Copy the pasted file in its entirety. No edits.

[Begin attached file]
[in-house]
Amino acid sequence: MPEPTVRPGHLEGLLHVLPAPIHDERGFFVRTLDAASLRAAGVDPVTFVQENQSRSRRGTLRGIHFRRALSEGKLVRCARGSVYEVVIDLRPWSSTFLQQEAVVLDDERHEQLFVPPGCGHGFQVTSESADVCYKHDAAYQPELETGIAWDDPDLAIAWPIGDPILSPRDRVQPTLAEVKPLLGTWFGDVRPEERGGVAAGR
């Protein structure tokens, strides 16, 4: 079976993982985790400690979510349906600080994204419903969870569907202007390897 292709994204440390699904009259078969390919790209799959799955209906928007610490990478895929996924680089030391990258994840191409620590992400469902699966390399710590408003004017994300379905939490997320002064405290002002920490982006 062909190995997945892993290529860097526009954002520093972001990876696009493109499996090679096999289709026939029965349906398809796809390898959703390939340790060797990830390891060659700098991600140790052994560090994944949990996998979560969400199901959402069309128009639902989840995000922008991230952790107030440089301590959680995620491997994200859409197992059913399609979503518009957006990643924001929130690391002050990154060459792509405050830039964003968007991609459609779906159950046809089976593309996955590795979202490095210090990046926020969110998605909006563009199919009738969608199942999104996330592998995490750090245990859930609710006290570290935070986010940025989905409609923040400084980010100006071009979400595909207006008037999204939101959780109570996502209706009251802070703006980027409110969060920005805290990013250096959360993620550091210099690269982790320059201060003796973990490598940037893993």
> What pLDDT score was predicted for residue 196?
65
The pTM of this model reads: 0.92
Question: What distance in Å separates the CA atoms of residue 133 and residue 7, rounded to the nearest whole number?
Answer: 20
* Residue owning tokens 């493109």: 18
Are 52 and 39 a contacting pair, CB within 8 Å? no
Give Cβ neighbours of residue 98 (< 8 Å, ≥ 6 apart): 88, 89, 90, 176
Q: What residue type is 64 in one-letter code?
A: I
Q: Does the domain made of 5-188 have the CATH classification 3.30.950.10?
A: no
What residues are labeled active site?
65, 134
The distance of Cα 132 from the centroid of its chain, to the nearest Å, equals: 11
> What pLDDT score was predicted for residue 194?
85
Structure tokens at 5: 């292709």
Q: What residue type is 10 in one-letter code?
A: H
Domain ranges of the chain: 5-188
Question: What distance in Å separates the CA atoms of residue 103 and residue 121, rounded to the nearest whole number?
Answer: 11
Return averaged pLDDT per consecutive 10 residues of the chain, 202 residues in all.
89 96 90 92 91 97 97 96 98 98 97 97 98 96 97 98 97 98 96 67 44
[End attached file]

[in-house]
Amino acid sequence: MPEPTVRPGHLEGLLHVLPAPIHDERGFFVRTLDAASLRAAGVDPVTFVQENQSRSRRGTLRGIHFRRALSEGKLVRCARGSVYEVVIDLRPWSSTFLQQEAVVLDDERHEQLFVPPGCGHGFQVTSESADVCYKHDAAYQPELETGIAWDDPDLAIAWPIGDPILSPRDRVQPTLAEVKPLLGTWFGDVRPEERGGVAAGR
């Protein structure tokens, strides 16, 4: 079976993982985790400690979510349906600080994204419903969870569907202007390897 292709994204440390699904009259078969390919790209799959799955209906928007610490990478895929996924680089030391990258994840191409620590992400469902699966390399710590408003004017994300379905939490997320002064405290002002920490982006 062909190995997945892993290529860097526009954002520093972001990876696009493109499996090679096999289709026939029965349906398809796809390898959703390939340790060797990830390891060659700098991600140790052994560090994944949990996998979560969400199901959402069309128009639902989840995000922008991230952790107030440089301590959680995620491997994200859409197992059913399609979503518009957006990643924001929130690391002050990154060459792509405050830039964003968007991609459609779906159950046809089976593309996955590795979202490095210090990046926020969110998605909006563009199919009738969608199942999104996330592998995490750090245990859930609710006290570290935070986010940025989905409609923040400084980010100006071009979400595909207006008037999204939101959780109570996502209706009251802070703006980027409110969060920005805290990013250096959360993620550091210099690269982790320059201060003796973990490598940037893993």
> What pLDDT score was predicted for residue 196?
65
The pTM of this model reads: 0.92
Question: What distance in Å separates the CA atoms of residue 133 and residue 7, rounded to the nearest whole number?
Answer: 20
* Residue owning tokens 């493109």: 18
Are 52 and 39 a contacting pair, CB within 8 Å? no
Give Cβ neighbours of residue 98 (< 8 Å, ≥ 6 apart): 88, 89, 90, 176
Q: What residue type is 64 in one-letter code?
A: I
Q: Does the domain made of 5-188 have the CATH classification 3.30.950.10?
A: no
What residues are labeled active site?
65, 134
The distance of Cα 132 from the centroid of its chain, to the nearest Å, equals: 11
> What pLDDT score was predicted for residue 194?
85
Structure tokens at 5: 């292709």
Q: What residue type is 10 in one-letter code?
A: H
Domain ranges of the chain: 5-188
Question: What distance in Å separates the CA atoms of residue 103 and residue 121, rounded to the nearest whole number?
Answer: 11
Return averaged pLDDT per consecutive 10 residues of the chain, 202 residues in all.
89 96 90 92 91 97 97 96 98 98 97 97 98 96 97 98 97 98 96 67 44